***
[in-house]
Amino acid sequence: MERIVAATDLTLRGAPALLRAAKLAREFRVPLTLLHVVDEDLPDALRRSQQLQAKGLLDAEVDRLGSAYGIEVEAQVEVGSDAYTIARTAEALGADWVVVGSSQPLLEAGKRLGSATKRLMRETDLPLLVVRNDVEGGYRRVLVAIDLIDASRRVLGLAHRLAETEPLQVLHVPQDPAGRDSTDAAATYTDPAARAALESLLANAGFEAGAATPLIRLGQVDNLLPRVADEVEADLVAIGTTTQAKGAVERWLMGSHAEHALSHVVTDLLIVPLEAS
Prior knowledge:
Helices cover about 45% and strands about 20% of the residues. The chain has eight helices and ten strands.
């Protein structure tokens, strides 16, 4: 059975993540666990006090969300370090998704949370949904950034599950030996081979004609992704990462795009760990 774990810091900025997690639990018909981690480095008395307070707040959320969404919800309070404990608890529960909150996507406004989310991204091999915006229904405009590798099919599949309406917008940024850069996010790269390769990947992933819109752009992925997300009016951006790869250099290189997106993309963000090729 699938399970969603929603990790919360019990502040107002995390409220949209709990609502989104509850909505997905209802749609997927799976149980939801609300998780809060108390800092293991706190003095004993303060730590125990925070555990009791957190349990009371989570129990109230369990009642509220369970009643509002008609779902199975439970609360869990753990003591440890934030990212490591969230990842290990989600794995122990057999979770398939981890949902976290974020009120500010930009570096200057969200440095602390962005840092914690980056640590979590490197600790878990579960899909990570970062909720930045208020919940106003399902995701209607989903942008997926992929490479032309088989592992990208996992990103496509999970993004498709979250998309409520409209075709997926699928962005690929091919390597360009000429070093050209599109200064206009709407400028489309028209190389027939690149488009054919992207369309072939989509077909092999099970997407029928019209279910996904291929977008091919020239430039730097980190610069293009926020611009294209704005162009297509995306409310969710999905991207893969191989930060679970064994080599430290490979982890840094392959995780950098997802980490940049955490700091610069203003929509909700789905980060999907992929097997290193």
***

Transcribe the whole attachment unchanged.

[in-house]
Amino acid sequence: MERIVAATDLTLRGAPALLRAAKLAREFRVPLTLLHVVDEDLPDALRRSQQLQAKGLLDAEVDRLGSAYGIEVEAQVEVGSDAYTIARTAEALGADWVVVGSSQPLLEAGKRLGSATKRLMRETDLPLLVVRNDVEGGYRRVLVAIDLIDASRRVLGLAHRLAETEPLQVLHVPQDPAGRDSTDAAATYTDPAARAALESLLANAGFEAGAATPLIRLGQVDNLLPRVADEVEADLVAIGTTTQAKGAVERWLMGSHAEHALSHVVTDLLIVPLEAS
Prior knowledge:
Helices cover about 45% and strands about 20% of the residues. The chain has eight helices and ten strands.
């Protein structure tokens, strides 16, 4: 059975993540666990006090969300370090998704949370949904950034599950030996081979004609992704990462795009760990 774990810091900025997690639990018909981690480095008395307070707040959320969404919800309070404990608890529960909150996507406004989310991204091999915006229904405009590798099919599949309406917008940024850069996010790269390769990947992933819109752009992925997300009016951006790869250099290189997106993309963000090729 699938399970969603929603990790919360019990502040107002995390409220949209709990609502989104509850909505997905209802749609997927799976149980939801609300998780809060108390800092293991706190003095004993303060730590125990925070555990009791957190349990009371989570129990109230369990009642509220369970009643509002008609779902199975439970609360869990753990003591440890934030990212490591969230990842290990989600794995122990057999979770398939981890949902976290974020009120500010930009570096200057969200440095602390962005840092914690980056640590979590490197600790878990579960899909990570970062909720930045208020919940106003399902995701209607989903942008997926992929490479032309088989592992990208996992990103496509999970993004498709979250998309409520409209075709997926699928962005690929091919390597360009000429070093050209599109200064206009709407400028489309028209190389027939690149488009054919992207369309072939989509077909092999099970997407029928019209279910996904291929977008091919020239430039730097980190610069293009926020611009294209704005162009297509995306409310969710999905991207893969191989930060679970064994080599430290490979982890840094392959995780950098997802980490940049955490700091610069203003929509909700789905980060999907992929097997290193």